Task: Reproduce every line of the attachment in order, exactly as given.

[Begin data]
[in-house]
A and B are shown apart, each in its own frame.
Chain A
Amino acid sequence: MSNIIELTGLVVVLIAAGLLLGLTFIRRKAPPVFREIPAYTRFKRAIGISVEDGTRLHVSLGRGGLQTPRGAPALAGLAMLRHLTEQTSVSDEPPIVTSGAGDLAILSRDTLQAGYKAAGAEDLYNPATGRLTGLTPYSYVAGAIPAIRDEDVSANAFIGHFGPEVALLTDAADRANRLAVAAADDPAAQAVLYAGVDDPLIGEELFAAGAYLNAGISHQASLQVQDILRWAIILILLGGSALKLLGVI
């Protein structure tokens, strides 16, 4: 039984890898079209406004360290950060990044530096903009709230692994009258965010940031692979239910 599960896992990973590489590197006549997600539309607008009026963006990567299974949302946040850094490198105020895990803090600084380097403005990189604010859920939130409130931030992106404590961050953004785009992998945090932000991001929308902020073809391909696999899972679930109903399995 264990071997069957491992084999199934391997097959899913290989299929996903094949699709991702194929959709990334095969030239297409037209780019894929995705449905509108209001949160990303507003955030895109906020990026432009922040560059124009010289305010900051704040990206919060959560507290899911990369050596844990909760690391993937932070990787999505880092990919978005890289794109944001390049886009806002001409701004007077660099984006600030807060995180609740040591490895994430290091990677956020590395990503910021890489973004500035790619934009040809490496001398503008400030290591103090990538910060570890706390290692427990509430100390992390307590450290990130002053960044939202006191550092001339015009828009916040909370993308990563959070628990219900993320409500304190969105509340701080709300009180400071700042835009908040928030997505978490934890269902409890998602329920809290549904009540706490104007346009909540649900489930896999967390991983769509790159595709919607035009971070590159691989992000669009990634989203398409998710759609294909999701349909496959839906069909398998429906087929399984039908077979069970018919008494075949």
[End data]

[in-house]
A and B are shown apart, each in its own frame.
Chain A
Amino acid sequence: MSNIIELTGLVVVLIAAGLLLGLTFIRRKAPPVFREIPAYTRFKRAIGISVEDGTRLHVSLGRGGLQTPRGAPALAGLAMLRHLTEQTSVSDEPPIVTSGAGDLAILSRDTLQAGYKAAGAEDLYNPATGRLTGLTPYSYVAGAIPAIRDEDVSANAFIGHFGPEVALLTDAADRANRLAVAAADDPAAQAVLYAGVDDPLIGEELFAAGAYLNAGISHQASLQVQDILRWAIILILLGGSALKLLGVI
């Protein structure tokens, strides 16, 4: 039984890898079209406004360290950060990044530096903009709230692994009258965010940031692979239910 599960896992990973590489590197006549997600539309607008009026963006990567299974949302946040850094490198105020895990803090600084380097403005990189604010859920939130409130931030992106404590961050953004785009992998945090932000991001929308902020073809391909696999899972679930109903399995 264990071997069957491992084999199934391997097959899913290989299929996903094949699709991702194929959709990334095969030239297409037209780019894929995705449905509108209001949160990303507003955030895109906020990026432009922040560059124009010289305010900051704040990206919060959560507290899911990369050596844990909760690391993937932070990787999505880092990919978005890289794109944001390049886009806002001409701004007077660099984006600030807060995180609740040591490895994430290091990677956020590395990503910021890489973004500035790619934009040809490496001398503008400030290591103090990538910060570890706390290692427990509430100390992390307590450290990130002053960044939202006191550092001339015009828009916040909370993308990563959070628990219900993320409500304190969105509340701080709300009180400071700042835009908040928030997505978490934890269902409890998602329920809290549904009540706490104007346009909540649900489930896999967390991983769509790159595709919607035009971070590159691989992000669009990634989203398409998710759609294909999701349909496959839906069909398998429906087929399984039908077979069970018919008494075949």